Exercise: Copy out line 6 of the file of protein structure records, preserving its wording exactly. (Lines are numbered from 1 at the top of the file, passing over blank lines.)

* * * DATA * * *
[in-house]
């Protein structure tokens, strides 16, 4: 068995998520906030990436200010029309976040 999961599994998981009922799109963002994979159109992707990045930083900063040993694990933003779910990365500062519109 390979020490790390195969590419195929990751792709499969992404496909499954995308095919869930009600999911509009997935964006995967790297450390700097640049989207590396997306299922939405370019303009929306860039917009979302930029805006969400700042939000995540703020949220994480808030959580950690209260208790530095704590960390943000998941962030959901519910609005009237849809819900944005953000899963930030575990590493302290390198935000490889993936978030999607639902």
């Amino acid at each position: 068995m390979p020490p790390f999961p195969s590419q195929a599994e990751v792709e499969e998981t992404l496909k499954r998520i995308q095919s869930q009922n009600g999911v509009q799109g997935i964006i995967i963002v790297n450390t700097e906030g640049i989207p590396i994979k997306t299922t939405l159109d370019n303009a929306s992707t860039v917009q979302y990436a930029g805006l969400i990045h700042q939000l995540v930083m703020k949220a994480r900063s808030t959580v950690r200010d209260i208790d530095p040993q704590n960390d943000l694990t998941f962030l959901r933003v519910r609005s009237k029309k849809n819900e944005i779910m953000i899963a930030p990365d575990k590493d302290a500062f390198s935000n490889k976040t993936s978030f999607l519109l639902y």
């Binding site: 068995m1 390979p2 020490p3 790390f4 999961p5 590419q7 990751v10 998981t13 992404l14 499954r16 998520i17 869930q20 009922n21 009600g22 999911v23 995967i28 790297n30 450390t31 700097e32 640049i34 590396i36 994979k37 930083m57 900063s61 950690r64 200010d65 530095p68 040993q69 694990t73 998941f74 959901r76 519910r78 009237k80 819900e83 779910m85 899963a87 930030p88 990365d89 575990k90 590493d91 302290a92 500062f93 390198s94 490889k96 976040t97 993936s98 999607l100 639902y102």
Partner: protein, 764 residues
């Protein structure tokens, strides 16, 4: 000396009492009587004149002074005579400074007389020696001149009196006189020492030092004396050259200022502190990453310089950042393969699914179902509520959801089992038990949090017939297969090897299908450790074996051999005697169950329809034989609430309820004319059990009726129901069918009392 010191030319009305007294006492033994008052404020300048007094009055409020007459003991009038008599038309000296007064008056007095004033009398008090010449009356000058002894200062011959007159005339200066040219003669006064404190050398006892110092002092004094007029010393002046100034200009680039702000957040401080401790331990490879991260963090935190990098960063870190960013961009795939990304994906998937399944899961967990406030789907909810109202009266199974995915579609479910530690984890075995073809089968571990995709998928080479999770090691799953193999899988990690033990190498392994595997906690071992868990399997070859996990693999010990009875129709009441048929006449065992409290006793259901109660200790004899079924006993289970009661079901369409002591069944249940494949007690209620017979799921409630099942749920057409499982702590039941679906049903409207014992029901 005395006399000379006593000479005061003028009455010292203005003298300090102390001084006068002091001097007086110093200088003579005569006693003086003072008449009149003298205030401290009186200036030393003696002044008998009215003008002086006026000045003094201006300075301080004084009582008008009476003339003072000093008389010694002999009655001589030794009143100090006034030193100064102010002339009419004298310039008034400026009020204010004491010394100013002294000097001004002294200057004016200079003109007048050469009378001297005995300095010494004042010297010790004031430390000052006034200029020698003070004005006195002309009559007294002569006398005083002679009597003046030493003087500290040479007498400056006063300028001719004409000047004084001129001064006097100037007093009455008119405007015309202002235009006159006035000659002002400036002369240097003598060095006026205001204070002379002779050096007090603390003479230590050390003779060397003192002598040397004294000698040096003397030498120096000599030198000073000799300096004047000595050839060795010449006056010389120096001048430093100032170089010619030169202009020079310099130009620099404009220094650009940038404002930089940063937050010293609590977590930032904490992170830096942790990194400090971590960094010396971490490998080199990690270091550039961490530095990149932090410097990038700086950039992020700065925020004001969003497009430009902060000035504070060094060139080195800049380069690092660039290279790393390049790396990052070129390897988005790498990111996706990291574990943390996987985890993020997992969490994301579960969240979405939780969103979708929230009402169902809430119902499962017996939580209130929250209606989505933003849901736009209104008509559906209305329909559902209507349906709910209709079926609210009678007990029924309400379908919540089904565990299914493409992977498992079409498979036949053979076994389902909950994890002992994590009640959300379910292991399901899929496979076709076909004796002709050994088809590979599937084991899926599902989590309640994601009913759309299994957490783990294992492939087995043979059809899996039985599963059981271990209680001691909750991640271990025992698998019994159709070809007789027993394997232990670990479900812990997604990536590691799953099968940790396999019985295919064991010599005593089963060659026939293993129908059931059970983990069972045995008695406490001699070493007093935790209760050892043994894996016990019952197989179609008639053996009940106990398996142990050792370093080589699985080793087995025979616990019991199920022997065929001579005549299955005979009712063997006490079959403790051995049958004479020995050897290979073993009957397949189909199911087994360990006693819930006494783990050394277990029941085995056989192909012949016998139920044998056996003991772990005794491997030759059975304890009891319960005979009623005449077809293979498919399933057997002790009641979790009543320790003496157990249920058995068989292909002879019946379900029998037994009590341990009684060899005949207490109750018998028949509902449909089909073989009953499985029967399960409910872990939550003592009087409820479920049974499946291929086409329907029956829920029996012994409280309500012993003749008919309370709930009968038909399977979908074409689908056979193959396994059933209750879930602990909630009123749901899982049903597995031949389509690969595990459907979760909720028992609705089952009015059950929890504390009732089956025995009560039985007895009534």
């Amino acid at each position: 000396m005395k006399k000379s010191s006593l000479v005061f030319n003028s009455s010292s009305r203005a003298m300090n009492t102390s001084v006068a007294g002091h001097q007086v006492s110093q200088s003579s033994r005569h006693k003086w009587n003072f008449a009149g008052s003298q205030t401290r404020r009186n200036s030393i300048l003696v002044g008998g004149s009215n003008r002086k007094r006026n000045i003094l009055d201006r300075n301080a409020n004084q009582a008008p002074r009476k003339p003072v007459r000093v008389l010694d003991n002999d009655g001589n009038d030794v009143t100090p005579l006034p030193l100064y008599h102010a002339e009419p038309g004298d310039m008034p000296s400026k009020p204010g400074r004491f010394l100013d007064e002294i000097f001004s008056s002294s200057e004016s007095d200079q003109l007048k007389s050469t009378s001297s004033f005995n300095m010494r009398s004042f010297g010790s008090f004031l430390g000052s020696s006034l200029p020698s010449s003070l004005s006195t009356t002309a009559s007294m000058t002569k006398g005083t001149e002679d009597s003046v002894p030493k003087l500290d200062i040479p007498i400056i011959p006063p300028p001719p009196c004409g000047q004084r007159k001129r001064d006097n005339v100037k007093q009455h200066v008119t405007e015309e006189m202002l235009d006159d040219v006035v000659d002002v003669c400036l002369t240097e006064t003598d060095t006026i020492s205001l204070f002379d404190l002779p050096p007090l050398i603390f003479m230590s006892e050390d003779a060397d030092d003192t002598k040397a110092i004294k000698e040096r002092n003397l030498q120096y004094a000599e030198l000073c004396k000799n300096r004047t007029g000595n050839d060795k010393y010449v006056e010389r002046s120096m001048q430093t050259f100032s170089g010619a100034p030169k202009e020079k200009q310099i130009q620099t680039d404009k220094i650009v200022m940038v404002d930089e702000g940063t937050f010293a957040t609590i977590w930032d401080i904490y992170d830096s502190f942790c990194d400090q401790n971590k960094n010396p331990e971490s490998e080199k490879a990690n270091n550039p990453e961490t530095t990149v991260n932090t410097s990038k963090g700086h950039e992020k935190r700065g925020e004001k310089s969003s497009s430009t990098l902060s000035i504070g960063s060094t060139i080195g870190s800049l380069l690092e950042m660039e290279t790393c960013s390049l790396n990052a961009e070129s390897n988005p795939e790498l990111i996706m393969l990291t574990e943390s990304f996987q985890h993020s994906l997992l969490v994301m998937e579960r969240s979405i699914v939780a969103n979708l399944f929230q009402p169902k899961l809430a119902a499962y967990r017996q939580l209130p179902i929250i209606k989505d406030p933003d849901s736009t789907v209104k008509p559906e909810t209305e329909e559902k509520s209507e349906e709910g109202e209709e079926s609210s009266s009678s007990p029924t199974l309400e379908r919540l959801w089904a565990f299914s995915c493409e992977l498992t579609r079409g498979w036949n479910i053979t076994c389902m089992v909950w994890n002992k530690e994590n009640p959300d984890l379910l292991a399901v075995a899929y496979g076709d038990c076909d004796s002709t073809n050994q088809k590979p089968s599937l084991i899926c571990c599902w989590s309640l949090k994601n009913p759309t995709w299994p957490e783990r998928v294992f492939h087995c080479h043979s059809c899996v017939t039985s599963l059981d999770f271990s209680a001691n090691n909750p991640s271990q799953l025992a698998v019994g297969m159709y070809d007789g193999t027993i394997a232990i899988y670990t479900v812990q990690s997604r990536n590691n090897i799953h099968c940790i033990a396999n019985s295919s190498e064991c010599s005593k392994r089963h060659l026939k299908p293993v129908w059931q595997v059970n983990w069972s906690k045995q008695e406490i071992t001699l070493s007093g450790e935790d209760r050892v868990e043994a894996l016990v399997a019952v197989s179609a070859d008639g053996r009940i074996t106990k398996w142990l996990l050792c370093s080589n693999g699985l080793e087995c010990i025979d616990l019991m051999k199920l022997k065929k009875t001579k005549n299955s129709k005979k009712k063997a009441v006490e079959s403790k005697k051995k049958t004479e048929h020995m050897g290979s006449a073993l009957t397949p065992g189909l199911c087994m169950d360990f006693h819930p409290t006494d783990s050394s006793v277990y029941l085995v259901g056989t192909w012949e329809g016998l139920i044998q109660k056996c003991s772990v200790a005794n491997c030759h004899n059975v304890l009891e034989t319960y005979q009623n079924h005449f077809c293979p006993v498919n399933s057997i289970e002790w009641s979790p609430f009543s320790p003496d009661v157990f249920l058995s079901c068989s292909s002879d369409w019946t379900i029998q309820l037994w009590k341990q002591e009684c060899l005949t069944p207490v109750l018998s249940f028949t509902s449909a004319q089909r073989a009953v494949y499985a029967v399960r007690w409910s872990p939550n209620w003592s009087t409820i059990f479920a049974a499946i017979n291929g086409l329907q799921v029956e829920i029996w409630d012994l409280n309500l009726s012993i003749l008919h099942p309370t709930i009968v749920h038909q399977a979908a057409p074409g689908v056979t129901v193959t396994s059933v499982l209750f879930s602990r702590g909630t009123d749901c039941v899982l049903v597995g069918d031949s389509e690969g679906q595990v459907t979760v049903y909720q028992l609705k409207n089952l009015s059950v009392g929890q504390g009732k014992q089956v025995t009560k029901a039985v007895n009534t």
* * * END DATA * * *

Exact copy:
């Protein structure tokens, strides 16, 4: 000396009492009587004149002074005579400074007389020696001149009196006189020492030092004396050259200022502190990453310089950042393969699914179902509520959801089992038990949090017939297969090897299908450790074996051999005697169950329809034989609430309820004319059990009726129901069918009392 010191030319009305007294006492033994008052404020300048007094009055409020007459003991009038008599038309000296007064008056007095004033009398008090010449009356000058002894200062011959007159005339200066040219003669006064404190050398006892110092002092004094007029010393002046100034200009680039702000957040401080401790331990490879991260963090935190990098960063870190960013961009795939990304994906998937399944899961967990406030789907909810109202009266199974995915579609479910530690984890075995073809089968571990995709998928080479999770090691799953193999899988990690033990190498392994595997906690071992868990399997070859996990693999010990009875129709009441048929006449065992409290006793259901109660200790004899079924006993289970009661079901369409002591069944249940494949007690209620017979799921409630099942749920057409499982702590039941679906049903409207014992029901 005395006399000379006593000479005061003028009455010292203005003298300090102390001084006068002091001097007086110093200088003579005569006693003086003072008449009149003298205030401290009186200036030393003696002044008998009215003008002086006026000045003094201006300075301080004084009582008008009476003339003072000093008389010694002999009655001589030794009143100090006034030193100064102010002339009419004298310039008034400026009020204010004491010394100013002294000097001004002294200057004016200079003109007048050469009378001297005995300095010494004042010297010790004031430390000052006034200029020698003070004005006195002309009559007294002569006398005083002679009597003046030493003087500290040479007498400056006063300028001719004409000047004084001129001064006097100037007093009455008119405007015309202002235009006159006035000659002002400036002369240097003598060095006026205001204070002379002779050096007090603390003479230590050390003779060397003192002598040397004294000698040096003397030498120096000599030198000073000799300096004047000595050839060795010449006056010389120096001048430093100032170089010619030169202009020079310099130009620099404009220094650009940038404002930089940063937050010293609590977590930032904490992170830096942790990194400090971590960094010396971490490998080199990690270091550039961490530095990149932090410097990038700086950039992020700065925020004001969003497009430009902060000035504070060094060139080195800049380069690092660039290279790393390049790396990052070129390897988005790498990111996706990291574990943390996987985890993020997992969490994301579960969240979405939780969103979708929230009402169902809430119902499962017996939580209130929250209606989505933003849901736009209104008509559906209305329909559902209507349906709910209709079926609210009678007990029924309400379908919540089904565990299914493409992977498992079409498979036949053979076994389902909950994890002992994590009640959300379910292991399901899929496979076709076909004796002709050994088809590979599937084991899926599902989590309640994601009913759309299994957490783990294992492939087995043979059809899996039985599963059981271990209680001691909750991640271990025992698998019994159709070809007789027993394997232990670990479900812990997604990536590691799953099968940790396999019985295919064991010599005593089963060659026939293993129908059931059970983990069972045995008695406490001699070493007093935790209760050892043994894996016990019952197989179609008639053996009940106990398996142990050792370093080589699985080793087995025979616990019991199920022997065929001579005549299955005979009712063997006490079959403790051995049958004479020995050897290979073993009957397949189909199911087994360990006693819930006494783990050394277990029941085995056989192909012949016998139920044998056996003991772990005794491997030759059975304890009891319960005979009623005449077809293979498919399933057997002790009641979790009543320790003496157990249920058995068989292909002879019946379900029998037994009590341990009684060899005949207490109750018998028949509902449909089909073989009953499985029967399960409910872990939550003592009087409820479920049974499946291929086409329907029956829920029996012994409280309500012993003749008919309370709930009968038909399977979908074409689908056979193959396994059933209750879930602990909630009123749901899982049903597995031949389509690969595990459907979760909720028992609705089952009015059950929890504390009732089956025995009560039985007895009534």